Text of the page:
Most often, children who have apraxia of speech will have other speech, language and communication challenges IN ADDITION TO, or possibly as a consequence of, the problem that they have with speech motor planning (apraxia).  Often, children with CAS will also need therapy time to work on using grammar and sentence structure (expressive language); pragmatic […]

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  • Summary: Approaches, Methods, and Goals of Speech Therapy for CAS

    Many experienced SLPs use multiple methods and approaches rather than a “one approach fits all” notion, taking many of the ideas mentioned above and using them based on the individual child’s needs. There is no one “program” that is right for every child with apraxia of speech.  Commercial products, programs, apps or kits can be […]

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  • What To Look for In an SLP for Your Child

    In the United States, speech-language pathologists (SLP) are certified by the American Speech Language and Hearing Association (ASHA).  Once the individual has successfully completed a Master’s degree in Speech Pathology, Communication Disorders and Sciences, or another relevant program; passed a national exam; and successfully completed a supervised clinical fellowship year, the professional is considered a […]

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  • What Other Professionals May Be Involved?

    If you have concerns about your child’s development in addition to their speech, other professionals may be called on to get involved in helping your child.  For example, a developmental-behavioral pediatrician can evaluate all aspects of your child’s development. Developmental Pediatrician A Developmental Pediatrician is a pediatrician with advanced training in neuro-developmental disorders and “atypical”, […]

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  • How Will My Child Do Over Time? Will My Child Speak Normally?

    The question of how one’s child will do over time and if he or she will speak normally is perhaps the biggest question of all for parents of children with CAS.  While there are no hard and fast statistics, professional articles and experienced SLPs report that most children with CAS, with appropriate help, eventually learn […]

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  • Arranging for Speech Therapy – Funding Issues

    Most families haven’t given too much thought before a diagnosis like CAS as to whether or not their health insurance policies include speech therapy and if so, under what conditions.  Additionally, most families are unaware of publicly funded and local resources that are available.  The coverage under any particular health insurance plan is as varied […]

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  • How Fast Will My Child Progress in Speech?

    First, there obviously is no “guaranteed” outcome for a child with apraxia of speech. However, many, many children can learn to speak quite well and be entirely verbal and intelligible if given early appropriate therapy and enough of it. However, children with apraxia of speech often make slower progress than children with other types of speech […]

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  • What is “Good Progress & What if Progress is Poor or Slow?

    What does “good progress” mean?  Consider this question: if, after six months of speech therapy at the rate of two or three or four times weekly, your child had two additional sounds (phonemes) and was capable of producing or could approximate two words, would you consider that the therapy was working?  Probably not.  Children with […]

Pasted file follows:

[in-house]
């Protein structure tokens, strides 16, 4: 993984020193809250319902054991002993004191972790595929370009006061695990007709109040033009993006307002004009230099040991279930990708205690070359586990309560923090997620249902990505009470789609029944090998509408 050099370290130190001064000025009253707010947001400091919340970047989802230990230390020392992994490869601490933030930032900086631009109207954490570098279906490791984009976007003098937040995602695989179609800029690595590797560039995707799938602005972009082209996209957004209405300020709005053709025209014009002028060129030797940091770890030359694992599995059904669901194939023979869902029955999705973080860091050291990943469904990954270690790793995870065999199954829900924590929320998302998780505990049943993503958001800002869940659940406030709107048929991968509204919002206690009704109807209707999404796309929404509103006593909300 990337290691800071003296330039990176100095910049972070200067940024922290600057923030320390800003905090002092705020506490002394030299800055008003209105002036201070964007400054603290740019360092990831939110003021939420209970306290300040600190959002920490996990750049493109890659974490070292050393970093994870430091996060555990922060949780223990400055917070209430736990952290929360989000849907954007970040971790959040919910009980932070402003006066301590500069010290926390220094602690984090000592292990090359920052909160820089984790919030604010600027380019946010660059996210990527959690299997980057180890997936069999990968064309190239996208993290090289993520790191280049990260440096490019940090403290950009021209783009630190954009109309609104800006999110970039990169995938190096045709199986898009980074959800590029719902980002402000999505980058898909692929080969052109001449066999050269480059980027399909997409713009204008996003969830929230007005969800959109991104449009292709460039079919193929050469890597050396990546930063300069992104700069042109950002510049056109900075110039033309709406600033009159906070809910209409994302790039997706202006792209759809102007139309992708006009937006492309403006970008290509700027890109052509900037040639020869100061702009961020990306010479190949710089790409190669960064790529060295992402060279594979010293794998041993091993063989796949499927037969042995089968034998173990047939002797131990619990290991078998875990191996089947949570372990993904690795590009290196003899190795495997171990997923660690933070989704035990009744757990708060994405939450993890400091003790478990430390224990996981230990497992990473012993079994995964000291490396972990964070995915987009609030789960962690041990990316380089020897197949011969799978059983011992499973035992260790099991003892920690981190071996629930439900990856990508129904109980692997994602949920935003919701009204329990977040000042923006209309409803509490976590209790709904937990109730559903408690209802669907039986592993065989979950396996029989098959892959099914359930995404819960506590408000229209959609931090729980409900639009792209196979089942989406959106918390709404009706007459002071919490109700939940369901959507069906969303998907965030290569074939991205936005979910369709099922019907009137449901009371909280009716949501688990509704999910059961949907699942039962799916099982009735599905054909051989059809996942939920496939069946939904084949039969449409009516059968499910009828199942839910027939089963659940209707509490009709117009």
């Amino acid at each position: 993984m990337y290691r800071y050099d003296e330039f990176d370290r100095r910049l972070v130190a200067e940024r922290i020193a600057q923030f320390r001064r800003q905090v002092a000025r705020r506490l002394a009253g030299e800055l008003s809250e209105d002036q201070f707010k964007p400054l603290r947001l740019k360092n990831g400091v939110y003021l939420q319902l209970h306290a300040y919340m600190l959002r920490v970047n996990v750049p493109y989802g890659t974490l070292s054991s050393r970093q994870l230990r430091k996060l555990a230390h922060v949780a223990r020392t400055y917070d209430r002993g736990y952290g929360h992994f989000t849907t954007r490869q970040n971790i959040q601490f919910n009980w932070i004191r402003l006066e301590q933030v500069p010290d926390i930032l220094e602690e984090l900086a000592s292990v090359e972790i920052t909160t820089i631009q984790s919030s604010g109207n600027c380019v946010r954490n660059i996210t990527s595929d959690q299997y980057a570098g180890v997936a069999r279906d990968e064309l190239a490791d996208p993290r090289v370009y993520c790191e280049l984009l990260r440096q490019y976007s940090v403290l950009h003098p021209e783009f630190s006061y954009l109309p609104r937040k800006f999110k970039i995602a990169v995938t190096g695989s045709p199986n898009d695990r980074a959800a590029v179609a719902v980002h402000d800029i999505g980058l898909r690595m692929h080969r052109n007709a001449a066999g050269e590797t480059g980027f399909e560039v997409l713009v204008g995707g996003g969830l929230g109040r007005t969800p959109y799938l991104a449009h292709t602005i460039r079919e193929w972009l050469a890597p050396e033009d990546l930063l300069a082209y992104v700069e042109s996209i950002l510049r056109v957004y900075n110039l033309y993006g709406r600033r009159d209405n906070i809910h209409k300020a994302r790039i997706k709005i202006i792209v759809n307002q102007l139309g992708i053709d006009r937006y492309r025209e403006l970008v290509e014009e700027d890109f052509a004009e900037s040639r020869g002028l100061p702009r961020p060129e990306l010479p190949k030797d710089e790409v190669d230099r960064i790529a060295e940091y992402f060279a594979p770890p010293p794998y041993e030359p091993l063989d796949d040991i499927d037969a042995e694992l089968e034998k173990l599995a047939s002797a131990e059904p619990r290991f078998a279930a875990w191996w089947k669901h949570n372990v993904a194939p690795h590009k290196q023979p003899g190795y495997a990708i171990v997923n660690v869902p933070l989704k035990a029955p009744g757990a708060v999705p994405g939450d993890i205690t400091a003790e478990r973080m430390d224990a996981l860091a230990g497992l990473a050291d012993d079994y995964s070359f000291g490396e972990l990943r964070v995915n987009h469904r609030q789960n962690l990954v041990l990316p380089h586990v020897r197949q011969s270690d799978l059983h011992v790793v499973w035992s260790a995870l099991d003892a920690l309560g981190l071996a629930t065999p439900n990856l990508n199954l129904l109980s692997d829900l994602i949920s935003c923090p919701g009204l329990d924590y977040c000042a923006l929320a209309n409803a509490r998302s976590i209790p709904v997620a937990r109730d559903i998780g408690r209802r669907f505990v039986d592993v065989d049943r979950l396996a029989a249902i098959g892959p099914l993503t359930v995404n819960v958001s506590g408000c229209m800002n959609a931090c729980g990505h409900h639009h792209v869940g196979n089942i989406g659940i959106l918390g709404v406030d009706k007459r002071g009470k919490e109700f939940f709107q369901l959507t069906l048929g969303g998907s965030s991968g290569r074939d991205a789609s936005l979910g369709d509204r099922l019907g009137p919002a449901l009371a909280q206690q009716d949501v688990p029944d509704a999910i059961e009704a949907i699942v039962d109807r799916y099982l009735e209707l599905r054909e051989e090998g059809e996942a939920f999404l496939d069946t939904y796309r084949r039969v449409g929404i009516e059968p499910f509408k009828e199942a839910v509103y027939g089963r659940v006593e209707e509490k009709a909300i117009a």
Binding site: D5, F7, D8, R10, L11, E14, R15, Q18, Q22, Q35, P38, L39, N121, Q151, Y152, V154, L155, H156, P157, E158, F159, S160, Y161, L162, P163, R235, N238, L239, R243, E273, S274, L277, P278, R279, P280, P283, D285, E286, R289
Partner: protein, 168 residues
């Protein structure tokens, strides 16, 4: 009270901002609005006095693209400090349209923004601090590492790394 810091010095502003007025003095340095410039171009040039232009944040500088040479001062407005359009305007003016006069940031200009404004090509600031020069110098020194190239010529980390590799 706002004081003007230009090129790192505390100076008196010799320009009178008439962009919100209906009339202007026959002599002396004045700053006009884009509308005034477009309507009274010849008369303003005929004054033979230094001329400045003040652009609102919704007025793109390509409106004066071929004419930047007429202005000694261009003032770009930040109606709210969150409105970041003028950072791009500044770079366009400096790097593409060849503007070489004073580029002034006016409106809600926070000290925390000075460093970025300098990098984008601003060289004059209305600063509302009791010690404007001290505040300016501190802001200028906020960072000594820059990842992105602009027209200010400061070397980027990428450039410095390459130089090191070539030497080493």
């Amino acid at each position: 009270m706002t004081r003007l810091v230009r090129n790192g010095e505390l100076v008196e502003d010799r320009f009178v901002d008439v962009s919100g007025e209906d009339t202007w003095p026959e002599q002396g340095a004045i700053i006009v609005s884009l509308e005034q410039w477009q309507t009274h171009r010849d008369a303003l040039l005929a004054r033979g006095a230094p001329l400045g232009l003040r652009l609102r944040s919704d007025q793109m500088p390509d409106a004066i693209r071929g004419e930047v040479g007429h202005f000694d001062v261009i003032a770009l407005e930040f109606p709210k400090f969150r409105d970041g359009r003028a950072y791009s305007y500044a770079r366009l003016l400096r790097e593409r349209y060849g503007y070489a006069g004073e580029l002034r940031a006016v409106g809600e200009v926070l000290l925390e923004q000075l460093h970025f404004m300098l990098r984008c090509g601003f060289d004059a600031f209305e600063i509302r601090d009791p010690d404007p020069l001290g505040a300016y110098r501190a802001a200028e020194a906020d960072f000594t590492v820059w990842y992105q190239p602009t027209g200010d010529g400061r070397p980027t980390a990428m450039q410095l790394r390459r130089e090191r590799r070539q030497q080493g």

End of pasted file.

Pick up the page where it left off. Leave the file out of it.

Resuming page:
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  • What Will the Future Hold?

    Parents have so many questions and worries about what the future will hold for their child.  Getting a picture of that future is challenging at best.  CASANA has now “grown” up with quite a few young people who have had the diagnosis of CAS and so we have a better perspective of the possible outcomes, […]

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  • Education, Learning & Academics and Your Child with CAS

    Parents have many questions about what will happen when their child becomes school age.  Can my child attend preschool? What kind of preschool?  Should my child go to kindergarten this year?  Educational placements for children with apraxia can cause parents a lot of stress.  In a nutshell, educational settings for children with apraxia of speech […]

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  • Educational Placement and Your Child with CAS

    Overall, the public law for special education (IDEA) is clear that children with disabilities should receive their education in the “least restrictive environment” in which their special education goals and objectives can be met – with supportive and supplemental services.  The least restrictive environment means that the child should be educated to the greatest extent […]

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  • Advocating for Your Child with CAS

    As children with CAS grow up and develop, their parents and caregivers are placed in many situations that require advocacy skills.  This advocacy may have even started before the child was diagnosed with CAS.  Perhaps you had to advocate with your child’s pediatrician in order to receive a referral for speech-language evaluation.  Receiving insurance approval for speech […]

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  • Watch Your Child with Apraxia Grow!

    Watch Your Child with CAS Grow

    You are already on the road to becoming your child’s best advocate.  But along the way, don’t forget to simply stop and enjoy your child!  He or she is still the same wonderful, beautiful child as before the diagnosis of CAS.  No matter what your child’s speech ability, he needs to have opportunities to simply […]

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  • About CASANA: Advocating for Every Child To Have a Voice

    CASANA was founded with the mission of improving the system of support in the lives of children with apraxia and their families so that each child can develop speech to their full potential.  We do this through: Increasing awareness, information, and support High quality educational experiences for parents and professionals Support for research into CAS […]